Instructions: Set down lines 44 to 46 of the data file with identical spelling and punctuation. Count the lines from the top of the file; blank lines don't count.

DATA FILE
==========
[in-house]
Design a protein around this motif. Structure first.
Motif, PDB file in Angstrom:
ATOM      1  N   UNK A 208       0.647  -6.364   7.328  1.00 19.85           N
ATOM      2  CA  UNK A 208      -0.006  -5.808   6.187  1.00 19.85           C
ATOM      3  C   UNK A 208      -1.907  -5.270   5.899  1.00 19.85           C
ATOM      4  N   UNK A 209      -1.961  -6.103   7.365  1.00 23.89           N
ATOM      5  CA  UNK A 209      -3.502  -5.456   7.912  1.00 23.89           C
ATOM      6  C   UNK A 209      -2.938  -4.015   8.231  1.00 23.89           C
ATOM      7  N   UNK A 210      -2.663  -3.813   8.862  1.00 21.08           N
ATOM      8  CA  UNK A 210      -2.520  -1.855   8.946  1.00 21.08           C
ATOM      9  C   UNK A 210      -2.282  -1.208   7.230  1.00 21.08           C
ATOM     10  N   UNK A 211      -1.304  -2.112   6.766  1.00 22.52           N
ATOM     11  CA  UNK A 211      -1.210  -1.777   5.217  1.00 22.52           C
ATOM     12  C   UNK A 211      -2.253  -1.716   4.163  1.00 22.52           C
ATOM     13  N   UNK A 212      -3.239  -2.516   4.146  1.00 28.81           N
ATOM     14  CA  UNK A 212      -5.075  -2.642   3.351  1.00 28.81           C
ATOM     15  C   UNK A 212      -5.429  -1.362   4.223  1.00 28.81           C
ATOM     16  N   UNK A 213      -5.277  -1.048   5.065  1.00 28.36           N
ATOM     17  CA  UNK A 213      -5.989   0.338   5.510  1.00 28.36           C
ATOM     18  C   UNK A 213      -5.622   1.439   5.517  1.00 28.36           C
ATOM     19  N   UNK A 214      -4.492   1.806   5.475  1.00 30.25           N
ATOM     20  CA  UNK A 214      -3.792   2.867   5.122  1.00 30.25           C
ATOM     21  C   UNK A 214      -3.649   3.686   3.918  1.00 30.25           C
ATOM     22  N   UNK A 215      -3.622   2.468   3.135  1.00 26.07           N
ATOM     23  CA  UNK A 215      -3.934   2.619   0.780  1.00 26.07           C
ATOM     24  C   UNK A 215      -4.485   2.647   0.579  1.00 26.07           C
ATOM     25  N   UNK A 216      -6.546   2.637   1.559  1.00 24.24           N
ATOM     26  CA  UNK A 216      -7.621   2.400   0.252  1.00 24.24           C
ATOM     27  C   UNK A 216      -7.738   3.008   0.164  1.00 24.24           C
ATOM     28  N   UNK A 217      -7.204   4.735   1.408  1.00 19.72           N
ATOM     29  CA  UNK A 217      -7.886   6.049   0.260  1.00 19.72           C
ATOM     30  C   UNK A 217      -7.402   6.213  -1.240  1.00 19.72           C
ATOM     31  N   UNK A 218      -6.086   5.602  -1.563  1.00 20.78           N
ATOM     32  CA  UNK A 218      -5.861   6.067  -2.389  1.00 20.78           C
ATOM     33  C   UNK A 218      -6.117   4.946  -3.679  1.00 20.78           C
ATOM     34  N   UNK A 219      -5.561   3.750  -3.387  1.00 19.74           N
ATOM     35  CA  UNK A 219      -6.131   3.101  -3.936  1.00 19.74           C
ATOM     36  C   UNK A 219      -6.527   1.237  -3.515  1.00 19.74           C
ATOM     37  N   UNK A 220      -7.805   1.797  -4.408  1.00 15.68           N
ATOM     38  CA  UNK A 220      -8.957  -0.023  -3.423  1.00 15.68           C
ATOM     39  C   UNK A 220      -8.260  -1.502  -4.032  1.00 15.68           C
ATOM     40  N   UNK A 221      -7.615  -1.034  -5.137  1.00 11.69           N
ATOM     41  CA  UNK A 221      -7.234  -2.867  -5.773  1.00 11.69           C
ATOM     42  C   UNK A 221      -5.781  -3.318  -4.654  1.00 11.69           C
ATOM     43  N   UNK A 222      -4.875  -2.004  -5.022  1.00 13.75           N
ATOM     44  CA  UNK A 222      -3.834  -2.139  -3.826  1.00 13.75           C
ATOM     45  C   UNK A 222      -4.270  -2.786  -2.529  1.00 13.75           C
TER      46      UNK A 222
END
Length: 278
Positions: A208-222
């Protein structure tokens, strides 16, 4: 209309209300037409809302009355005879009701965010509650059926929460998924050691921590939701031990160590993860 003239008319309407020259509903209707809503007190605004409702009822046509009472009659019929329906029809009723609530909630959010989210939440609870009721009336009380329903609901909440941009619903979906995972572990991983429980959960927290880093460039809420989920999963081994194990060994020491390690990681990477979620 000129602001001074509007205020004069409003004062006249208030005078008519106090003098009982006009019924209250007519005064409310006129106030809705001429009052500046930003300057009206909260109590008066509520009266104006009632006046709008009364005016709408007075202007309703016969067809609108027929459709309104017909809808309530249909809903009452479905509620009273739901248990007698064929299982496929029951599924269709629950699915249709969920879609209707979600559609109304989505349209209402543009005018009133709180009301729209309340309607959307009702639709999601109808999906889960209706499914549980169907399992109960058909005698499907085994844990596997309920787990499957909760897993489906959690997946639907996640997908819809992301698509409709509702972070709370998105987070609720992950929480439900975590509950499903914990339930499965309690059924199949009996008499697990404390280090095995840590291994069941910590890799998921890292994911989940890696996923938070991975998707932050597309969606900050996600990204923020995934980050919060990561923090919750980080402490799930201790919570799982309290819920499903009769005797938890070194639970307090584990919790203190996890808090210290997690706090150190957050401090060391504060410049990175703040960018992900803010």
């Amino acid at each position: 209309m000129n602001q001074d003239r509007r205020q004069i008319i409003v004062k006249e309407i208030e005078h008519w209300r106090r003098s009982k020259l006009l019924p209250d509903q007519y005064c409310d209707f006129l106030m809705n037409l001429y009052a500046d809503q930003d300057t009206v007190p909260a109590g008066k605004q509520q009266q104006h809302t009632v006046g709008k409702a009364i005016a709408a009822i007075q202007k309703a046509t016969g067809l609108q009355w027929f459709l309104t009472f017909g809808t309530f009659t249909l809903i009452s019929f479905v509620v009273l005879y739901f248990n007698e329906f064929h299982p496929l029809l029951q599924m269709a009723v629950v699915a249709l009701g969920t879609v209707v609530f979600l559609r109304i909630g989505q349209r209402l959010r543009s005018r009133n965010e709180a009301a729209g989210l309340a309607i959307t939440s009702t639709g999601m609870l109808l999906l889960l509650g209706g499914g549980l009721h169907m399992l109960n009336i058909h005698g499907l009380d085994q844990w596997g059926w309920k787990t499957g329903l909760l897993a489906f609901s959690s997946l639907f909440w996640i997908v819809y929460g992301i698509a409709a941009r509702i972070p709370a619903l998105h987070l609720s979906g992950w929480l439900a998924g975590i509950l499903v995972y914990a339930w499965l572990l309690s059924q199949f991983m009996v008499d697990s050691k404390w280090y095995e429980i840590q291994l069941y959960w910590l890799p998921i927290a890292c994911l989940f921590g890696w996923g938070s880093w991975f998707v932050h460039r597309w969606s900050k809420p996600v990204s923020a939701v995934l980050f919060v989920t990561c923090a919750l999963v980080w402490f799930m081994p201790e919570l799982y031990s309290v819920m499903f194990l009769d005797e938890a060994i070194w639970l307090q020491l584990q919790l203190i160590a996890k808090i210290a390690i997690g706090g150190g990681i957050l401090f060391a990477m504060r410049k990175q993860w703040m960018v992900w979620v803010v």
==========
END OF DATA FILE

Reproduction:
ATOM     41  CA  UNK A 221      -7.234  -2.867  -5.773  1.00 11.69           C
ATOM     42  C   UNK A 221      -5.781  -3.318  -4.654  1.00 11.69           C
ATOM     43  N   UNK A 222      -4.875  -2.004  -5.022  1.00 13.75           N